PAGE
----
Home  »  A Library of American Literature  »  Divers Recollections of Puritan Strictness

Stedman and Hutchinson, comps. A Library of American Literature:
An Anthology in Eleven Volumes. 1891.
Vols. IX–XI: Literature of the Republic, Part IV., 1861–1889

Divers Recollections of Puritan Strictness

By William Bradford (1590–1657)

[Governor Bradford’s Dialogue. Written 1648.]

MR. JOHNSON, of whom something was spoken before, was pastor of the church of God at Amsterdam. A very grave man he was, and an able teacher, and was the most solemn in all his administrations that we have seen any, and especially in dispensing the seals of the covenant, both baptism and the Lord’s supper. And a good disputant he was. We heard Mr. Smith upon occasion say, that he was persuaded no men living were able to maintain a cause against those two men, meaning Mr. Johnson and Mr. Ainsworth, if they had not the truth on their side. He, by reason of many dissensions that fell out in the church, and the subtilty of one of the elders of the same, came after many years to alter his judgment about the government of the church, and his practice thereupon, which caused a division amongst them….

In our time his wife was a grave matron, and very modest both in her apparel and all her demeanor, ready to any good works in her place, and helpful to many, especially the poor, and an ornament to his calling. She was a young widow when he married her, and had been a merchant’s wife, by whom he had a good estate, and was a godly woman; and because she wore such apparel as she had been formerly used to, which were neither excessive nor immodest, for their chiefest exceptions were against her wearing of some whalebone in the bodice and sleeves of her gown, corked shoes, and other such like things as the citizens of her rank then used to wear. And although, for offense sake, she and he were willing to reform the fashions of them so far as might be without spoiling of their garments, yet it would not content them except they came full up to their size. Such was the strictness or rigidness (as now the term goes) of some in those times, as we can by experience and of our own knowledge show in other instances. We shall for brevity sake only show one.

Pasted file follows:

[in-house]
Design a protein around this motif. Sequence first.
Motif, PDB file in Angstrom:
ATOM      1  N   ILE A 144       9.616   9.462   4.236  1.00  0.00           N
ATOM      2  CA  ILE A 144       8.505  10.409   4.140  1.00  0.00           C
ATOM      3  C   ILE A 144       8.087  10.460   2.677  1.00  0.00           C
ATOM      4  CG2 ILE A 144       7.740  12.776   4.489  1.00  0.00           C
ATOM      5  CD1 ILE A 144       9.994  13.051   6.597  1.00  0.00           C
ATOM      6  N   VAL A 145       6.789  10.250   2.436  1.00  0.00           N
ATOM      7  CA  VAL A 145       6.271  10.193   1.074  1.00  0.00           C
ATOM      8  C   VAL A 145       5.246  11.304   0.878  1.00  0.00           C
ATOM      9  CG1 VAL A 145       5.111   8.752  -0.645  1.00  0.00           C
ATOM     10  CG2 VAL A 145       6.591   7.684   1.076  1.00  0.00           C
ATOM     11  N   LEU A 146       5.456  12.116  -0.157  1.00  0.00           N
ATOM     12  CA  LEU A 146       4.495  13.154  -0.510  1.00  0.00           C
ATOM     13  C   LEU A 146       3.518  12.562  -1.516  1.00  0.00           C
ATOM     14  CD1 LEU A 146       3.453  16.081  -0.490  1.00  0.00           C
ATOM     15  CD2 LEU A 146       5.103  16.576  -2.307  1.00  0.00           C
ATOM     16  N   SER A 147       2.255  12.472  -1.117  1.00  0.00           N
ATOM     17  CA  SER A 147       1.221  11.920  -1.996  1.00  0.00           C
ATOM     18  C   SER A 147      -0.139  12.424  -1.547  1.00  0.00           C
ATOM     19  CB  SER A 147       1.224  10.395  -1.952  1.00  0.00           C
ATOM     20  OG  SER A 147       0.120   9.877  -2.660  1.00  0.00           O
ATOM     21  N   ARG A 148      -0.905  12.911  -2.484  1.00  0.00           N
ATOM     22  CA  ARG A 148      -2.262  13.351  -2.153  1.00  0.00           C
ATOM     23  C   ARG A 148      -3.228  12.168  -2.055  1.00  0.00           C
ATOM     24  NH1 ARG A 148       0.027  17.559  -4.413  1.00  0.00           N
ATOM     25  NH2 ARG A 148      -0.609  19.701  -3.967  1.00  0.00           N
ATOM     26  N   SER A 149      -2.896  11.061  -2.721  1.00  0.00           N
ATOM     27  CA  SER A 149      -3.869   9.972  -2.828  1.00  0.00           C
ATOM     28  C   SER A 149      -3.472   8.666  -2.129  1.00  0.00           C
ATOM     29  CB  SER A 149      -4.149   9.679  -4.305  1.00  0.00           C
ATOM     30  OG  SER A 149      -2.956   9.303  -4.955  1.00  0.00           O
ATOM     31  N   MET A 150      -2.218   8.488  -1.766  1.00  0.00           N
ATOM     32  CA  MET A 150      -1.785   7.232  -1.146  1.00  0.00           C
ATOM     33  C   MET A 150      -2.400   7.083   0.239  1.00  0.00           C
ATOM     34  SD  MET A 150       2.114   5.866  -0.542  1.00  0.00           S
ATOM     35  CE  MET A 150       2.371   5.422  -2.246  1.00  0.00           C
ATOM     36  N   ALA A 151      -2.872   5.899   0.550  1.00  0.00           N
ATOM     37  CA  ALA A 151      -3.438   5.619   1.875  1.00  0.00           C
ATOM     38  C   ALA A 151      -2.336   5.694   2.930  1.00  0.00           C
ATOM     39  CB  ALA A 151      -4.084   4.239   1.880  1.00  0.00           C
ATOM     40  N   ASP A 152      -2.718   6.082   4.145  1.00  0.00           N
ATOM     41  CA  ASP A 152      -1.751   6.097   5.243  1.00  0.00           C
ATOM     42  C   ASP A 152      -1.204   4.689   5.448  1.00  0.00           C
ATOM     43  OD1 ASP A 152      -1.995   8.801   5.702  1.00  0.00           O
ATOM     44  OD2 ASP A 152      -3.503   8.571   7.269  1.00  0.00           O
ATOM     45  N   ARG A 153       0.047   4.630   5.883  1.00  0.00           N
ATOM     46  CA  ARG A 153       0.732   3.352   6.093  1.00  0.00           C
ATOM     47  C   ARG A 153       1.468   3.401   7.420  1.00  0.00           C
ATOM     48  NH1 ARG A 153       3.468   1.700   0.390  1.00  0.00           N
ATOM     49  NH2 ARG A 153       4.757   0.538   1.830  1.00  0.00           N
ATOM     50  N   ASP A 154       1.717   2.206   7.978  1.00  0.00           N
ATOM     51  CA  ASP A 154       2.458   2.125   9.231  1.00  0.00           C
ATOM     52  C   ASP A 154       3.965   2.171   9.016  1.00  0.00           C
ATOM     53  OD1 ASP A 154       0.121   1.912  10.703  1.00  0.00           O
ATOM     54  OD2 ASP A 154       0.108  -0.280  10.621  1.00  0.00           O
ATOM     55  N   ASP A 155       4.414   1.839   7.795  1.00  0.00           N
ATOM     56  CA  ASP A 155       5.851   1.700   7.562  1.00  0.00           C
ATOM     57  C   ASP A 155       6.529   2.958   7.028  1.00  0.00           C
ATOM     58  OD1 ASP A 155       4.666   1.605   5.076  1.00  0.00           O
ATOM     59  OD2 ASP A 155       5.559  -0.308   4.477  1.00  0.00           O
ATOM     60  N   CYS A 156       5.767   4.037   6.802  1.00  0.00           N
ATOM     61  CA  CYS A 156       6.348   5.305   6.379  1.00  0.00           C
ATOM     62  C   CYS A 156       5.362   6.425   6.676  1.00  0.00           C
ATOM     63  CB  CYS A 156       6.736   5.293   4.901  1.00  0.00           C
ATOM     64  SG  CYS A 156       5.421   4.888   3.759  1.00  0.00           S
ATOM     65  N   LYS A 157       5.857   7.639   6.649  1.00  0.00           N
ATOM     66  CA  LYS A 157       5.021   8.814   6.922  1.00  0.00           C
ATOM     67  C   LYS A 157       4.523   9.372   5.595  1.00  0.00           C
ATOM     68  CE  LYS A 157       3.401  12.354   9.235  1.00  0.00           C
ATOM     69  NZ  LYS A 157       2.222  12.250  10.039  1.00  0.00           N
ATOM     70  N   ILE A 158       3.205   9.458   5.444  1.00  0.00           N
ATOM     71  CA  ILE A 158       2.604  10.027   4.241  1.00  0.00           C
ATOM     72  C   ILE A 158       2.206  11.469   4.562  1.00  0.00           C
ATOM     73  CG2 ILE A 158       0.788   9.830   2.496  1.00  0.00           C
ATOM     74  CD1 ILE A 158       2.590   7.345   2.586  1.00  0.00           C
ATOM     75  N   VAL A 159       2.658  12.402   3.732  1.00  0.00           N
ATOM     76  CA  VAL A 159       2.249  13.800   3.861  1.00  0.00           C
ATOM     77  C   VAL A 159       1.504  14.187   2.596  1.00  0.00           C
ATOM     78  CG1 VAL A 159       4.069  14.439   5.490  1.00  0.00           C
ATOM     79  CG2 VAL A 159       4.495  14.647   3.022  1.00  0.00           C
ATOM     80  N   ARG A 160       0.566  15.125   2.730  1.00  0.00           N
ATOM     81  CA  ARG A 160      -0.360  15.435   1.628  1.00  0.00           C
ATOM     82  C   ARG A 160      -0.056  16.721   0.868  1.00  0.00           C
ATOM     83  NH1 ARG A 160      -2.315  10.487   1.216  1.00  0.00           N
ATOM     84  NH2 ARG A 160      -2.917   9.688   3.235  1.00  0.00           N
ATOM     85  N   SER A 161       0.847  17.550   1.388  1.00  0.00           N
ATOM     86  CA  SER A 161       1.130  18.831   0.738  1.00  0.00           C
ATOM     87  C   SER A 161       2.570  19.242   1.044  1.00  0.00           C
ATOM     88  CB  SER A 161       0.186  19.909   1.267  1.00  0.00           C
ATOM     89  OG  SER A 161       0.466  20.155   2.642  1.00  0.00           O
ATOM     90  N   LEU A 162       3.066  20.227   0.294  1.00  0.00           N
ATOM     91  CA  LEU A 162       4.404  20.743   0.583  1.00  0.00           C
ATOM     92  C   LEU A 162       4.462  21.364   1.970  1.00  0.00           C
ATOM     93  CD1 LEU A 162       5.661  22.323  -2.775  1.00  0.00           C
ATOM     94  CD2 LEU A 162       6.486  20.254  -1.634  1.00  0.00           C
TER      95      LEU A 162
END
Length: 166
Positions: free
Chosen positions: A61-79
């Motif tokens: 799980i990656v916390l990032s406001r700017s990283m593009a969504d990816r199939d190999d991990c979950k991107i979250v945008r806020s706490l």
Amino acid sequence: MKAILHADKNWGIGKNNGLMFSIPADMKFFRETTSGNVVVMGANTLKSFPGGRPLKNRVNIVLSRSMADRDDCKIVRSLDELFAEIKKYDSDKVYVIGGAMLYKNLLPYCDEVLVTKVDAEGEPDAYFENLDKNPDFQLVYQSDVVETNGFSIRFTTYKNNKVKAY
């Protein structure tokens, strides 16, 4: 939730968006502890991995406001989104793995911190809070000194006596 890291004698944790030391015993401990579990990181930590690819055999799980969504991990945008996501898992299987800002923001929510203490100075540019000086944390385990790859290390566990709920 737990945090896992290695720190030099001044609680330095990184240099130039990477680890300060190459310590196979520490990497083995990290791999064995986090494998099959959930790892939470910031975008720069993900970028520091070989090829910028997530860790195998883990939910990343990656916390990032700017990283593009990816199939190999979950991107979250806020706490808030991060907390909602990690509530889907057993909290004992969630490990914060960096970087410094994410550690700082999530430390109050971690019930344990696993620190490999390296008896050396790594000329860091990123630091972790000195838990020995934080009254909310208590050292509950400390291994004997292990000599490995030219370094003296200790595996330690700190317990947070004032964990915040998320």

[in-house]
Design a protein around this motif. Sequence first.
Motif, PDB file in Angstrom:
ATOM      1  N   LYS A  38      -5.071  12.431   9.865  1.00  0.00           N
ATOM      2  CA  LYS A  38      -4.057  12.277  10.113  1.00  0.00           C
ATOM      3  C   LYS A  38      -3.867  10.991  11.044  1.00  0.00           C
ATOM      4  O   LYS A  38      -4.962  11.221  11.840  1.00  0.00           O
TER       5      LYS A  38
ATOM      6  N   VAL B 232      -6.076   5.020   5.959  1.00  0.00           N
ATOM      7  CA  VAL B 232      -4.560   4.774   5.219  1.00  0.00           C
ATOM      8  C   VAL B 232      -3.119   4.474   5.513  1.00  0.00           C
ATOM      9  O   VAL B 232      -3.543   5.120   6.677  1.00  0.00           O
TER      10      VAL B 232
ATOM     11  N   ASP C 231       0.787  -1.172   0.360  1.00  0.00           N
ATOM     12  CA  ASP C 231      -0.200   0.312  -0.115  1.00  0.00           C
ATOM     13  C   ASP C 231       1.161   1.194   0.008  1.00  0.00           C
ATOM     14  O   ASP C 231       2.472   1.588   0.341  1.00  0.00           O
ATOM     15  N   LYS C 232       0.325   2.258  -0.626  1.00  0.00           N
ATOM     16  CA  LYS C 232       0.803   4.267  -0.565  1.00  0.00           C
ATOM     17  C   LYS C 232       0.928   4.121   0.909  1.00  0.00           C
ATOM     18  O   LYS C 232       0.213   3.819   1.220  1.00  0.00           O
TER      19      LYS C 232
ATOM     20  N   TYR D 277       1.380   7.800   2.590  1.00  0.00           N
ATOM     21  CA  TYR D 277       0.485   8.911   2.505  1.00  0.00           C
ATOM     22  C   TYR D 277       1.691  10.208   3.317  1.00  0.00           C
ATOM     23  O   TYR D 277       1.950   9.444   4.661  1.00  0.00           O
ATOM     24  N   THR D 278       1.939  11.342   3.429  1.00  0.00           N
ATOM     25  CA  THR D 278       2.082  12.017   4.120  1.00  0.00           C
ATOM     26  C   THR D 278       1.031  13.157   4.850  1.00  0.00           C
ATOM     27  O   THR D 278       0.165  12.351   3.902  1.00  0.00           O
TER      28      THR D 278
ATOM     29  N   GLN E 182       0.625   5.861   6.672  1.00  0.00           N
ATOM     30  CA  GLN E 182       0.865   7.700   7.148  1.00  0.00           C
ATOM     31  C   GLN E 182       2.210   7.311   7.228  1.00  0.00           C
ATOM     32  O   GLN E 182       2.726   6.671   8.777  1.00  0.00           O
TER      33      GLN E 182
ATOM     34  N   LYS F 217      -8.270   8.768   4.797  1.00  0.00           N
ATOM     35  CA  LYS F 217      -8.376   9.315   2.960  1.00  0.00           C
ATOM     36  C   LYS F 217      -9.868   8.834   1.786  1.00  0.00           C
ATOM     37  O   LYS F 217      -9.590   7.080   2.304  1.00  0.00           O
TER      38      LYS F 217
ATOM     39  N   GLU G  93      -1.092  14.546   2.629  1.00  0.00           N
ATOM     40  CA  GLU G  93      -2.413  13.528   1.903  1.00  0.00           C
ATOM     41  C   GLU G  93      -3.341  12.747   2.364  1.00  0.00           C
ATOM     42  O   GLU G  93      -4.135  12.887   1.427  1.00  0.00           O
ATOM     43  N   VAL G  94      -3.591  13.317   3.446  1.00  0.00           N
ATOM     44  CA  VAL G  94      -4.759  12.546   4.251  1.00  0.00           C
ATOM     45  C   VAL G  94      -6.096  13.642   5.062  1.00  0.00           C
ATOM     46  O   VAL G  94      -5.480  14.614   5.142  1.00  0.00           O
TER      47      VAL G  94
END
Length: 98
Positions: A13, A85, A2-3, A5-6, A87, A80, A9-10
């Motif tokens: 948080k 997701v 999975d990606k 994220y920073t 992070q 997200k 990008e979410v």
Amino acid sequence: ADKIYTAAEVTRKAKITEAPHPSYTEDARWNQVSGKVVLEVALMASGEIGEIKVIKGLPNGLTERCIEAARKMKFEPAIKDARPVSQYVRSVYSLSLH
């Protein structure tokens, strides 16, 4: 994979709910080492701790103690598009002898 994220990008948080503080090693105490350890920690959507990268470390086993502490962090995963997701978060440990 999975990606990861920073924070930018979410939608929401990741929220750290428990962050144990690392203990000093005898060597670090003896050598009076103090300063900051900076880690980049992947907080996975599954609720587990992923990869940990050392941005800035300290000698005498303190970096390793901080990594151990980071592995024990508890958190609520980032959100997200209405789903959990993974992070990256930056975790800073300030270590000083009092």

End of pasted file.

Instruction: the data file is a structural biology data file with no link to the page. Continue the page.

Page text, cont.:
We were in the company of a godly man that had been a long time prisoner at Norwich for this cause, and was by Judge Cooke set at liberty. After going into the country he visited his friends, and returning that way again to go into the Low Countries by ship at Yarmouth, and so desired some of us to turn in with him to the house of an ancient woman in the city, who had been very kind and helpful to him in his sufferings. She knowing his voice made him very welcome, and those with him. But after some time of their entertainment, being ready to depart, she came up to him and felt of his band, (for her eyes were dim with age,) and perceiving it was something stiffened with starch, she was much displeased, and reproved him very sharply, fearing God would not prosper his journey. Yet the man was a plain countryman, clad in gray russet, without either welt or guard, (as the proverb is,) and the band he wore scarce worth threepence, made of their own homespinning; and he was godly and humble as he was plain. What would such professors, if they were now living, say to the excess of our times?…

At Amsterdam, before their division and breach, they were about three hundred communicants, and they had for their pastor and teacher those two eminent men before named, and in our time four grave men for ruling elders, and three able and godly men for deacons, one ancient widow for a deaconess, who did them service many years, though she was sixty years of age when she was chosen. She honored her place and was an ornament to the congregation. She usually sat in a convenient place in the congregation, with a little birchen rod in her hand, and kept little children in great awe from disturbing the congregation. She did frequently visit the sick and weak, especially women, and, as there was need, calling out maids and young women to watch and do them other helps as their necessity did require; and if they were poor, she would gather relief for them of those that were able, or acquaint the deacons; and she was obeyed as a mother in Israel and an officer of Christ.